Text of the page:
In a bid to raise awareness of domestic violence and encourage our students to gain new insights into what young people may be experiencing at home, Cadbury Sixth Form College hosted a conference by Ashram Housing Association as part of The Accord Group.
The “Celebrating Success” conference, which was held on Friday April 24th 2015 in Cadbury College’s Bob Michel Performance Theatre, explored issues including forced marriage, honour-based violence and domestic abuse.
High-profile speakers at the event included Ashram Housing Association’s Children and Families Service Manager, Sahdaish Pall and Suzanne Virdee, once a television journalist for ITV Central and BBC News and now a freelance journalist.
Sahdaish discussed the campaigning efforts of the Association to raise awareness and highlight the importance of these important and prevalent issues; they broadcast radio commercials, social media campaigns and even filmography such as “Land, Gold, Women”, released in 2011 and set right here in Birmingham.
During her talk about how society can support the Association’s activities, Pall said, “We all have the power to make a difference in this world. We just have to want to do it!”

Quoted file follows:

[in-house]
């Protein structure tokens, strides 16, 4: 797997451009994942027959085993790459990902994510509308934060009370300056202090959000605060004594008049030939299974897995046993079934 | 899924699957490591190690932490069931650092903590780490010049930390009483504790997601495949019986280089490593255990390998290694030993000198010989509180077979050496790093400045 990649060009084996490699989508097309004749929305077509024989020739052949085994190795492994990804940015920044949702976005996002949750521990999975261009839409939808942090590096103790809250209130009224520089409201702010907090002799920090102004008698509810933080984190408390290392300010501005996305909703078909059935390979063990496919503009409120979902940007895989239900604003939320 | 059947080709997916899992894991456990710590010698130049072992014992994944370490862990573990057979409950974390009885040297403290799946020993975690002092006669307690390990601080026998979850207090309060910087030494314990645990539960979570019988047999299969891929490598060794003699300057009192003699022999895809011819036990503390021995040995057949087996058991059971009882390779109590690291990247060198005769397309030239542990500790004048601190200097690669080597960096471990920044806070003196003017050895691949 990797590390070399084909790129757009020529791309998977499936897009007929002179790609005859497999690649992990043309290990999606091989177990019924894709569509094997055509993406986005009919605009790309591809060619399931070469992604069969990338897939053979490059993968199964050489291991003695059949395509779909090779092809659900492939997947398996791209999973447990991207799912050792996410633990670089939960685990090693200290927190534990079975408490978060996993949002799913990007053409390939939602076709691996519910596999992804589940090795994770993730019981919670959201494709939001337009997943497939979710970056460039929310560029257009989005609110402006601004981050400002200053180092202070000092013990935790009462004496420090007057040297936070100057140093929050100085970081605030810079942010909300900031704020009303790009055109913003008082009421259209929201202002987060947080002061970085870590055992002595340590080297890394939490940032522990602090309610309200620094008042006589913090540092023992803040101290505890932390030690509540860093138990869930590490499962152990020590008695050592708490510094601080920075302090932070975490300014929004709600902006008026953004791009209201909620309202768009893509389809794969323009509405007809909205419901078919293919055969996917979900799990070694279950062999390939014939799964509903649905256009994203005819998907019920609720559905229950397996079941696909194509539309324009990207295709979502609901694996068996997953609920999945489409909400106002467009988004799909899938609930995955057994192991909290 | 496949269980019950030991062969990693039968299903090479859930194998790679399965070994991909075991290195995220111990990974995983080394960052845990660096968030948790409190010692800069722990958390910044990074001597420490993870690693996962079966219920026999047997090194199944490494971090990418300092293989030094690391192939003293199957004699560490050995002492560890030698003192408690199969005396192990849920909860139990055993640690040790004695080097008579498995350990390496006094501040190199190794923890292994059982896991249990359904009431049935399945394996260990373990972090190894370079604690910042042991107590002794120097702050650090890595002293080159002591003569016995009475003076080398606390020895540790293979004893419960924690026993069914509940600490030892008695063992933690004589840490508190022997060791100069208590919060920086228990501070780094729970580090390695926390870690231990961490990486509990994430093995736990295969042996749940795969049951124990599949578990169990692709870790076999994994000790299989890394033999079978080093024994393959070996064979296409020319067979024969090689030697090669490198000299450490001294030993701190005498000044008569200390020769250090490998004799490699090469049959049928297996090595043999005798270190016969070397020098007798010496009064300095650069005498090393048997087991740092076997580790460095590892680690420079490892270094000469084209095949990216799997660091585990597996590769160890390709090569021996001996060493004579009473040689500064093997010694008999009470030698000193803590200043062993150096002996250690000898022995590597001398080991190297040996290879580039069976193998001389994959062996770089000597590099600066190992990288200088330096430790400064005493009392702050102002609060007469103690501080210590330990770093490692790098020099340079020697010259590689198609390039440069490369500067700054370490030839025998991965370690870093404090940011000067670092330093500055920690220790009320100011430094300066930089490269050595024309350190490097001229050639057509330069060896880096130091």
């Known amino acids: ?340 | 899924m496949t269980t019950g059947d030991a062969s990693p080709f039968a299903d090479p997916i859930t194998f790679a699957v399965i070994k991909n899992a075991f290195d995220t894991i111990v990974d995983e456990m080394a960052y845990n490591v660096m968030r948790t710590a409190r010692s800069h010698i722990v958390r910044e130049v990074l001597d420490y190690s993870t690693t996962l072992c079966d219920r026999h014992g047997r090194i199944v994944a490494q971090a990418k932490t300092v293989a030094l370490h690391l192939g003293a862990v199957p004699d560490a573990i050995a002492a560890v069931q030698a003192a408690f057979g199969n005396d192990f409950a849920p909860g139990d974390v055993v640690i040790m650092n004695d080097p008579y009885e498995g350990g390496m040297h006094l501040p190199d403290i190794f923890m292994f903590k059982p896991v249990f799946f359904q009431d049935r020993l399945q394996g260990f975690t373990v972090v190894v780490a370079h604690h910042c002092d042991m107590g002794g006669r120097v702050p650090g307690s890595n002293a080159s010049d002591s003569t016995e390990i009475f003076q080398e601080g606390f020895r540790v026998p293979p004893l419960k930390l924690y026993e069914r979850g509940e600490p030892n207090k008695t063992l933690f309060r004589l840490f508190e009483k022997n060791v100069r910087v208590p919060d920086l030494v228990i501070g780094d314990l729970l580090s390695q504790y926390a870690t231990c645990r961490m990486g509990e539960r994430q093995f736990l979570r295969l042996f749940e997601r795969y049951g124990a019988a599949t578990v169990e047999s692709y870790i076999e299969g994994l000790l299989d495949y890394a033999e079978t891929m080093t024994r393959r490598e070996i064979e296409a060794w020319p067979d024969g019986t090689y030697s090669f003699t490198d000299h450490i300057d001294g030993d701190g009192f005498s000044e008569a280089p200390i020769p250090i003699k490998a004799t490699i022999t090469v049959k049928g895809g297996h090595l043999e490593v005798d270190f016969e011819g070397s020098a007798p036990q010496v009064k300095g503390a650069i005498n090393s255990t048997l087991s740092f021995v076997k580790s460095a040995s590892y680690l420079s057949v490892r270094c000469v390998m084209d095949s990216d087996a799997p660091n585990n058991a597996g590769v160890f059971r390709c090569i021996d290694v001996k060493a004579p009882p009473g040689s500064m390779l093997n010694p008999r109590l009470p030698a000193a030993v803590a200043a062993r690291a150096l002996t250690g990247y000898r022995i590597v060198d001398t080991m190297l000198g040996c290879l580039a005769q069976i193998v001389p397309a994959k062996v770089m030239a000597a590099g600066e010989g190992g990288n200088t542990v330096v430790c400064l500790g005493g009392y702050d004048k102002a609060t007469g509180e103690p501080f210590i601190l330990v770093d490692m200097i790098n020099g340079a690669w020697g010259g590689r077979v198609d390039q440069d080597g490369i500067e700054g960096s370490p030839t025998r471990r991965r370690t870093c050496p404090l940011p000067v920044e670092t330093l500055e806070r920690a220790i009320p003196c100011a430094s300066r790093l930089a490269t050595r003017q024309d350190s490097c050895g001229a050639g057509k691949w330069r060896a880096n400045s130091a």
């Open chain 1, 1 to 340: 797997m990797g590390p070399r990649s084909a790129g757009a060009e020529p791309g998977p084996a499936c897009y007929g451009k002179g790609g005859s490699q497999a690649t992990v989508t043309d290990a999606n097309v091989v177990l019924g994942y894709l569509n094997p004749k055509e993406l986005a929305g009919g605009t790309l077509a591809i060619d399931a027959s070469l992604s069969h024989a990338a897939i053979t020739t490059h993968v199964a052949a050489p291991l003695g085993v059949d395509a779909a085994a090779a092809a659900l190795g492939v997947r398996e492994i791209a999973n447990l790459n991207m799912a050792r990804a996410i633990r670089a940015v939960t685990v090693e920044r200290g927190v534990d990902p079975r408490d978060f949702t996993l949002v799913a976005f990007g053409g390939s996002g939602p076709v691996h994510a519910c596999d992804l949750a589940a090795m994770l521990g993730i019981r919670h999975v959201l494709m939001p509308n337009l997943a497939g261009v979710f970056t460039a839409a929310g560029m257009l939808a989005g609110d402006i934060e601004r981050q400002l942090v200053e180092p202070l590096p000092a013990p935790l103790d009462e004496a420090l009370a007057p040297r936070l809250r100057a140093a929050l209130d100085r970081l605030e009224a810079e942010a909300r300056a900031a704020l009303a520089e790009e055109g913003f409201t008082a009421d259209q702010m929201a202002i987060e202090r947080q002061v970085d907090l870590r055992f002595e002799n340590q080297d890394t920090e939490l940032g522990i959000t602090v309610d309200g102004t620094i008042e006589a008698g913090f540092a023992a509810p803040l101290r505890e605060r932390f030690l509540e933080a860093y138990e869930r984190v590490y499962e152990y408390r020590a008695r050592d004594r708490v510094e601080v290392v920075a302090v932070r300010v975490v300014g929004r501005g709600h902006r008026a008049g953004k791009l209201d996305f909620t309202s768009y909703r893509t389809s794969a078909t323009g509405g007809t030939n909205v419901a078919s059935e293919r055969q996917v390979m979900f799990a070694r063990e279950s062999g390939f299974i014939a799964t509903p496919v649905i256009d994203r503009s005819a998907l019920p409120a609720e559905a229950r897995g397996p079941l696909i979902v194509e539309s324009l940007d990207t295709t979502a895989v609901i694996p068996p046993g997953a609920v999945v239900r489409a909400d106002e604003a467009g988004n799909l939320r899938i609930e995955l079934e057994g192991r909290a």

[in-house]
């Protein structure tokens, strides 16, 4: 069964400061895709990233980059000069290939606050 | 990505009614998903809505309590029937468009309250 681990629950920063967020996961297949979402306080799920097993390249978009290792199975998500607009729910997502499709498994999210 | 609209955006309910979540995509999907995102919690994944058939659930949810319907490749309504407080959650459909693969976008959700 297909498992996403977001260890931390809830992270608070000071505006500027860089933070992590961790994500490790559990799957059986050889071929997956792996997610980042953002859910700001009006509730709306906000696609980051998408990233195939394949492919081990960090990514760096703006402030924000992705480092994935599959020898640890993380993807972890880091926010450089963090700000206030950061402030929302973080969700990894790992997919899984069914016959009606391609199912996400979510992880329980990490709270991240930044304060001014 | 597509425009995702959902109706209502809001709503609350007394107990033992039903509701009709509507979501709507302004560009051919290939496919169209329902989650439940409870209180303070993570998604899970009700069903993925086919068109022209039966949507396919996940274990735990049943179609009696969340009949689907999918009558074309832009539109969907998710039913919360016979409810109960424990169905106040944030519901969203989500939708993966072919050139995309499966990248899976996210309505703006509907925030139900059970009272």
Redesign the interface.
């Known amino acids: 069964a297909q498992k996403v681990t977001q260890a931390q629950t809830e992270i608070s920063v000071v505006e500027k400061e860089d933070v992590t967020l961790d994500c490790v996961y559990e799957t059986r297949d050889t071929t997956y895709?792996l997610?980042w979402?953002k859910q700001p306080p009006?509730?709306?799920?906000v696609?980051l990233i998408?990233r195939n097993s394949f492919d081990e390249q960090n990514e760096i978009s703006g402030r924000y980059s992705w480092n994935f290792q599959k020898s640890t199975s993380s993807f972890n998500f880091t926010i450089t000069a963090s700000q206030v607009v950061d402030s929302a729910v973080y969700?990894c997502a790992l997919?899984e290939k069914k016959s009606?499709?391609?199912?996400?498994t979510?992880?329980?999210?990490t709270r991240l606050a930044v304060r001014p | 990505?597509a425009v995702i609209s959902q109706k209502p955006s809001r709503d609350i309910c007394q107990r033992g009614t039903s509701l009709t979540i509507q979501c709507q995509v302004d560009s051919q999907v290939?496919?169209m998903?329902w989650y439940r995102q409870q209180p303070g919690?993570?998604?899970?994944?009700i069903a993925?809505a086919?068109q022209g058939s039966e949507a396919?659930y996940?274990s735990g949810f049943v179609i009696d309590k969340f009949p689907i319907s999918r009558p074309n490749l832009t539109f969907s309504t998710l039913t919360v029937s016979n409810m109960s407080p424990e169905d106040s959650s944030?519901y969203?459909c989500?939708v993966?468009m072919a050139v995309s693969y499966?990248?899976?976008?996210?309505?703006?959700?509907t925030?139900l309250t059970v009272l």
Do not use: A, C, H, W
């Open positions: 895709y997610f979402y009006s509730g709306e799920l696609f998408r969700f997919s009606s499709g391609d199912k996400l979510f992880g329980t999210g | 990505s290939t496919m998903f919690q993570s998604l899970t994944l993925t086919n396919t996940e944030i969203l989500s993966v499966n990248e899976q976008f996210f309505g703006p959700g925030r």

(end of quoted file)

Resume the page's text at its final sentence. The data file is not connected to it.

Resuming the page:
“A ‘one-size-fits all’ response to these sensitive, complex and challenging issues is not going to resolve the problem, but each activity that we contribute towards helps to educate people from all ages and backgrounds about a concern that is increasingly worrying”, she continued.
Since 2004, Ashram has dealt with almost 700 cases of forced marriage in the Midlands alone, and a further 450 cases of so-called ‘honour crime’. Many hundreds more cases go unreported.
The conference combined discussions and talks from high profile speakers with video clips and snapshots to bring the words to life before the eyes of the audience.
Speaking about her new publication, “A Teenage Girl’s Guide to Being Fabulous”, Suzanne Virdee expressed her concern that domestic violence affects people from all racial and employment backgrounds, from all age-groups and different sexes.
She continued to say, “domestic violence prevents young people from concentrating on growing up and studying effectively, which in turn can negatively impact their progression to employment and adulthood”, highlighting the importance of tackling these issues and raising awareness sensitively but effectively.
After the conference, representatives of the Ashram Housing Association set up stalls to discuss issues further with attendees of the conference. They were able to provide advice and insights, alongside helpful information guides and leaflets.